Music award, gold record, 'I Just Want to Be Your Everything' by Andy Gibb, laminated board / metal / paper, made and used by Festival Records, Sydney, New South Wales, Australia, 1978
This award has significance as an illustration of the Festival Records success in generating sales of Australian artists who recorded for locally-owned independent labels. Usually these independent labels contracted and recorded the artists while Festival manufactured the records and handled their distribution, promotion and marketing.
ATA was an important independent label aligned with Festival. Founded in 1966 by Col Joye and his brother Kevin Jacobsen, ATA became home to members of the 'Bandstand family', including Judy Stone and Sandy Scott. Col Joye had a huge comeback hit on ATA in 1973 with 'Heaven is my Woman's Love'. Little Pattie recorded for ATA throughout the 1970s.
Like his older brothers the Bee Gees, Andy Gibb's recording career began when Col Joye saw his potential. In fact Joye produced Andy's first single 'Words and Music'. After an apprenticeship in the pub venues of Australia, Andy Gibb signed with Robert Stigwood's RSO label. He recorded his first album in Miami with Barry Gibb. In Australia his records were licensed to the ATA label, manufactured and distributed by Festival. The single 'I Just Want to be Your Everything' was awarded gold record status in 1978.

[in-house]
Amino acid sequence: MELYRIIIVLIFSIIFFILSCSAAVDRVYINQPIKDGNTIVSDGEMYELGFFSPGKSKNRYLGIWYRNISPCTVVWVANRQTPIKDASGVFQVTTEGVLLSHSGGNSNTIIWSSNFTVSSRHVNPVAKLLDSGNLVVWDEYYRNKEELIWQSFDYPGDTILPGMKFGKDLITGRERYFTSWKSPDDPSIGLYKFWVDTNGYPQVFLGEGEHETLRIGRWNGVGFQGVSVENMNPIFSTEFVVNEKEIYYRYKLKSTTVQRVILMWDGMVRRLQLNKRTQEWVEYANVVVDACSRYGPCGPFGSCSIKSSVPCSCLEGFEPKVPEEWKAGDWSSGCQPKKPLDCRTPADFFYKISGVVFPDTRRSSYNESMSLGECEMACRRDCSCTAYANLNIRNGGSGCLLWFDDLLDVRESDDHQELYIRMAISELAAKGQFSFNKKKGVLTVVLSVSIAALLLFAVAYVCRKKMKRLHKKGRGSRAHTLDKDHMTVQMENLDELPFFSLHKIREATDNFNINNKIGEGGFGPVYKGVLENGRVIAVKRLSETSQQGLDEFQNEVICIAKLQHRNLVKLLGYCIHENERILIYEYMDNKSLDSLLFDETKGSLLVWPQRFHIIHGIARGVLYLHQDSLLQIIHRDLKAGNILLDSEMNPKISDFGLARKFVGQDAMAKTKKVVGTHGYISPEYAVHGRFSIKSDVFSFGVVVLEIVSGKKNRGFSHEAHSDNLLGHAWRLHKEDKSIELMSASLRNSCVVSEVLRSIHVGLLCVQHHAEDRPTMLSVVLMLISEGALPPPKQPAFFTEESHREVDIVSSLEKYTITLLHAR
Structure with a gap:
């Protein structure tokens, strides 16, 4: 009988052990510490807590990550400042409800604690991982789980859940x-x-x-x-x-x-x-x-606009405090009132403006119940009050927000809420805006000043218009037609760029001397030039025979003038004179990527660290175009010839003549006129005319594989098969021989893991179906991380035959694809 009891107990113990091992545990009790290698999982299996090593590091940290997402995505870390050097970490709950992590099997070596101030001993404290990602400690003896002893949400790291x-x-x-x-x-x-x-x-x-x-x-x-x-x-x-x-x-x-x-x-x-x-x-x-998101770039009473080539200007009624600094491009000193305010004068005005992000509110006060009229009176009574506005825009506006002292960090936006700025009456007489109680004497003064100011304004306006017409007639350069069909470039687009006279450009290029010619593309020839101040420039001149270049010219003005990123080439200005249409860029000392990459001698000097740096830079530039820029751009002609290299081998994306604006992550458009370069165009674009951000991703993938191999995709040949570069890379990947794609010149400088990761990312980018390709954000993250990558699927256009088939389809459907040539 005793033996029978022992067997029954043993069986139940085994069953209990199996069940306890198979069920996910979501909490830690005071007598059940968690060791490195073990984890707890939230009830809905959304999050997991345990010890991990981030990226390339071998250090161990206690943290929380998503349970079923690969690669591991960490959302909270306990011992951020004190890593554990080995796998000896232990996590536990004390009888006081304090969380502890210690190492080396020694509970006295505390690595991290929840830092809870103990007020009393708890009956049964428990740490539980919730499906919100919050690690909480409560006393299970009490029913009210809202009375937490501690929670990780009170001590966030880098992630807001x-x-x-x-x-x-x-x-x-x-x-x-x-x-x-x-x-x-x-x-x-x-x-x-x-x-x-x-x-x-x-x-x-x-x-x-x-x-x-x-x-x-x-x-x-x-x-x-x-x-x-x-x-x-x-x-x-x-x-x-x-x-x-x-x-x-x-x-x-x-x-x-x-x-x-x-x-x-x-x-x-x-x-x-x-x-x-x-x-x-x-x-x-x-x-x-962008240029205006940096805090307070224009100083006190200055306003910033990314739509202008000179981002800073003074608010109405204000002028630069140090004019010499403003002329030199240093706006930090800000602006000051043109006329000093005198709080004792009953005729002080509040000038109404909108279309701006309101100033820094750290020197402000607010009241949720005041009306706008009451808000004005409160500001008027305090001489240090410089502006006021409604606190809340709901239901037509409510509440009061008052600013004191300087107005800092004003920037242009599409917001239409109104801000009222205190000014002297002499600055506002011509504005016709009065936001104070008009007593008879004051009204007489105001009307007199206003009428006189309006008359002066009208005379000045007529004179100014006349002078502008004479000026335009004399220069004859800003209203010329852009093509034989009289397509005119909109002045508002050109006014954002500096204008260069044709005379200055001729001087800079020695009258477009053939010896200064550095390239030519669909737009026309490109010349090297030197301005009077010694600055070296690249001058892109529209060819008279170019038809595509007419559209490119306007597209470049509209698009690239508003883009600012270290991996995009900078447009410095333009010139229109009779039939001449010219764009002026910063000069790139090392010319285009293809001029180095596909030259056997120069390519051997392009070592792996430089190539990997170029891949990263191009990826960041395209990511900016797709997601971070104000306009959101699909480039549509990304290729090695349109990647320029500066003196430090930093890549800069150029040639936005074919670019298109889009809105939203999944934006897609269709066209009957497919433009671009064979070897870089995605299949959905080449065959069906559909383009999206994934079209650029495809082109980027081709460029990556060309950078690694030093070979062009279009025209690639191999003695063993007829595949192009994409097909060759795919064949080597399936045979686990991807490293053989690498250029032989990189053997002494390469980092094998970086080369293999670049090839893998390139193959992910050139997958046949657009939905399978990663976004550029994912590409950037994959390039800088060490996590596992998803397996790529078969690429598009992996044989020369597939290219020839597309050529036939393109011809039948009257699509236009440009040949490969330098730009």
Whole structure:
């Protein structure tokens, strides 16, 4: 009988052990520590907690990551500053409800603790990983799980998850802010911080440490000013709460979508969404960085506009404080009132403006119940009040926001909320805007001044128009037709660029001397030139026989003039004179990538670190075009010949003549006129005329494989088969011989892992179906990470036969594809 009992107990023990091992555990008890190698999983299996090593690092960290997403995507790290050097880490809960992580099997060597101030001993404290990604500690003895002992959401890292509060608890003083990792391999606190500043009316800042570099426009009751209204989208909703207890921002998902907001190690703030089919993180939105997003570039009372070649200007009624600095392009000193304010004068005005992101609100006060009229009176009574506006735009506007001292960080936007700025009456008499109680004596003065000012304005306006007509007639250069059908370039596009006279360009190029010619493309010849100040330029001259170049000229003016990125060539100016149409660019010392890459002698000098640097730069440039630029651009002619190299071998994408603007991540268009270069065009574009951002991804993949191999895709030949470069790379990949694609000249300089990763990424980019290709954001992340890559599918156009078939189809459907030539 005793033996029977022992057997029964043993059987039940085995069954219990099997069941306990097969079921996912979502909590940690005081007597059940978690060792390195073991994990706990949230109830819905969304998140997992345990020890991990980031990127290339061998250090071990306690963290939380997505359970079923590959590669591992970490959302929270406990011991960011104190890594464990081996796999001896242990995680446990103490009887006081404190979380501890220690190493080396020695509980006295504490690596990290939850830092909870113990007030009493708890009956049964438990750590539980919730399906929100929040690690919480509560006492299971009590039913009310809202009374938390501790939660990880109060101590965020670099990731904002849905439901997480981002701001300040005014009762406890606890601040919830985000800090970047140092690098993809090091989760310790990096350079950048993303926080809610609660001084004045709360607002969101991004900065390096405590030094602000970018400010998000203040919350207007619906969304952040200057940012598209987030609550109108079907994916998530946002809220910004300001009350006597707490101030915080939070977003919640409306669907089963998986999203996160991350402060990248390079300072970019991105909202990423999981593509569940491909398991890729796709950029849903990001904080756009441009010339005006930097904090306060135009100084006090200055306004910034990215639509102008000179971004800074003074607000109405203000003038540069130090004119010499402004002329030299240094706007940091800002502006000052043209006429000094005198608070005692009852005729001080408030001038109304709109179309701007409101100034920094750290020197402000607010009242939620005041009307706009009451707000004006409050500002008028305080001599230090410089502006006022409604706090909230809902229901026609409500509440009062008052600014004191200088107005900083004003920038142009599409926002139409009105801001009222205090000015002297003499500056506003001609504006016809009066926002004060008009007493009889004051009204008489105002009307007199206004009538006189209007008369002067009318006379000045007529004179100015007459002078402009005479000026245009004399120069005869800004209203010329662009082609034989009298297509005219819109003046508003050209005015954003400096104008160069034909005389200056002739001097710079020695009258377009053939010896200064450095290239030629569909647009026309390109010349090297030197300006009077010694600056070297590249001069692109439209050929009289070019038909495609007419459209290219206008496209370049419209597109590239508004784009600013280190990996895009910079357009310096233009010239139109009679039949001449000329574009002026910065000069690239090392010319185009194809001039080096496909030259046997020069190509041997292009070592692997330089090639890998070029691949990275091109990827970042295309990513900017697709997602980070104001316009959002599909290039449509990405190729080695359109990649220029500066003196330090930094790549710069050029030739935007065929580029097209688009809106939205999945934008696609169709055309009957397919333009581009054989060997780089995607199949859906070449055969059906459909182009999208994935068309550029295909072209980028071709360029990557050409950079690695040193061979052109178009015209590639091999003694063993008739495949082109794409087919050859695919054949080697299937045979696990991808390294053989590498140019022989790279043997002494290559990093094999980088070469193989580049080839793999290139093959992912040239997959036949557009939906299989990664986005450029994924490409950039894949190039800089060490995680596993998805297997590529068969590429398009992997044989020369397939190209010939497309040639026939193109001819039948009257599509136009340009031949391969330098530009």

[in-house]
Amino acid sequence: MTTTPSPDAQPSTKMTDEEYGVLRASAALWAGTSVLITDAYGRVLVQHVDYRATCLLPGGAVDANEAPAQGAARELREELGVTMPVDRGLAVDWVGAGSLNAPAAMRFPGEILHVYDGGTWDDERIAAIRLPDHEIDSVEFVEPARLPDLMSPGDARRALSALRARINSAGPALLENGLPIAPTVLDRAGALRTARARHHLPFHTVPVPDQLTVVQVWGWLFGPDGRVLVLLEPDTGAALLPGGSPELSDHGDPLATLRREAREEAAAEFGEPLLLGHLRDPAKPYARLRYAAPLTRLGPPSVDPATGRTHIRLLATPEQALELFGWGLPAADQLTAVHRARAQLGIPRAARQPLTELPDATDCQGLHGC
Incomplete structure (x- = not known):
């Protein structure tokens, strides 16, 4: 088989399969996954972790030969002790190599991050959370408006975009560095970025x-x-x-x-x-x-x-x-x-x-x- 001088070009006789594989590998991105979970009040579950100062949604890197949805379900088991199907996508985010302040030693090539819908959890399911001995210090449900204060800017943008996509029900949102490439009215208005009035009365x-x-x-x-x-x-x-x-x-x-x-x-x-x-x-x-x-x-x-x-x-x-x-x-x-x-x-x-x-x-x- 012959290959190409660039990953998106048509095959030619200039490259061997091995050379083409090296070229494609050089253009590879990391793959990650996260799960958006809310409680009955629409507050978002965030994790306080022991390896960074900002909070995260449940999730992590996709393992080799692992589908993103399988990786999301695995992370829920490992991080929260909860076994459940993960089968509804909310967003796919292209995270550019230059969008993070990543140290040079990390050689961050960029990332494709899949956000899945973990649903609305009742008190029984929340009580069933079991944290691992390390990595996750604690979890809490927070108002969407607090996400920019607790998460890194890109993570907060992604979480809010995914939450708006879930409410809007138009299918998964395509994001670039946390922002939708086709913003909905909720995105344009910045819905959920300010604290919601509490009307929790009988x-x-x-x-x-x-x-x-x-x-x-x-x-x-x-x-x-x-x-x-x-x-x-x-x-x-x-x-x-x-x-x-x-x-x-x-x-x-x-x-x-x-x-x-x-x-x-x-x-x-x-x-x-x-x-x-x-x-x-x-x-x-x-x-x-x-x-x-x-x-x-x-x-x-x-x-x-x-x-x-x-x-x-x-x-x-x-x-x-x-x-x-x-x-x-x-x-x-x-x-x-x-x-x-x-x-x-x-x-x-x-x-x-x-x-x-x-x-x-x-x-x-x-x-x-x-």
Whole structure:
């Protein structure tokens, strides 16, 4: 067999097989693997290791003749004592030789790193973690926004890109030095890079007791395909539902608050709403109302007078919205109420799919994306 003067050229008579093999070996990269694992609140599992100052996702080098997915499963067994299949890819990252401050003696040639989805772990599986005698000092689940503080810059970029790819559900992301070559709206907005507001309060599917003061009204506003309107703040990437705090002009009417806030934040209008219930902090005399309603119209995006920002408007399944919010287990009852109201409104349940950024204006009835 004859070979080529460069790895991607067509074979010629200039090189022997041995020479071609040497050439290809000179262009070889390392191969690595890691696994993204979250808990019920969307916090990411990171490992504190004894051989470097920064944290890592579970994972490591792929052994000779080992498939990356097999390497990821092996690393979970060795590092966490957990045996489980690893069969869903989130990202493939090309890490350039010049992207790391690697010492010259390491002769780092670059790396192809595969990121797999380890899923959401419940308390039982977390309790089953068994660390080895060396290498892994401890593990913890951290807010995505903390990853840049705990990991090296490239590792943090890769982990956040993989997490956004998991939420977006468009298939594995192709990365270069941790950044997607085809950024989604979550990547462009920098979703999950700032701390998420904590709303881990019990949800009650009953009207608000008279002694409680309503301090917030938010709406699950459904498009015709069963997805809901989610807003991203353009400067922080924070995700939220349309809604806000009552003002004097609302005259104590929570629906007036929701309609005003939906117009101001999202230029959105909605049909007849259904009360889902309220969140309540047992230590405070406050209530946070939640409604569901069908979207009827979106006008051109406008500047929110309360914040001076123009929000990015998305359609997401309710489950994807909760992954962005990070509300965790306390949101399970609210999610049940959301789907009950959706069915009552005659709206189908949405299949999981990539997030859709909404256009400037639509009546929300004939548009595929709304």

Festival Records manufactured vinyl discs in Sydney for 40 years. At the height of production in the 1980s Festival's factory was buzzing with 26 record presses pumping out 25,000 records per day. In addition there was a cassette duplicating plant, an art department, a printing department for album covers, plus a huge warehouse for packing and distribution.
Festival Records provided a home to a vast array of musical styles and many independent labels, not readily identified with the Festival brand. For over fifty years its existence as a major independent record company, competing with the multinationals, helped to create a healthy environment for Australian music.
The first gold record awards were presented by American record companies to their artists to acknowledge sales of 1,000,000 records. Various measurements have been used at different times around the world for album and single awards. Some were based on the value of retail sales and others on units sold. The Recording Industry Association of America established a standard for an official gold record in 1958. This was based on wholesale shipments to retail outlets, rather than actual retail sales. Australia follows a similar system. In Australia ARIA awards gold records for 35 000 sales and platinum records for 70 000 sales.
Made by Festival Records at their factory in Miller St Pyrmont.
When Festival Records prepared gold and platinum awards to present to its recording artists, the company sometimes made duplicates to display in the board room and the reception area of its premises. This award was also displayed in the Museum's exhibition 'Spinning Around: 50 Years of Festival Records', from 2001 to 2003.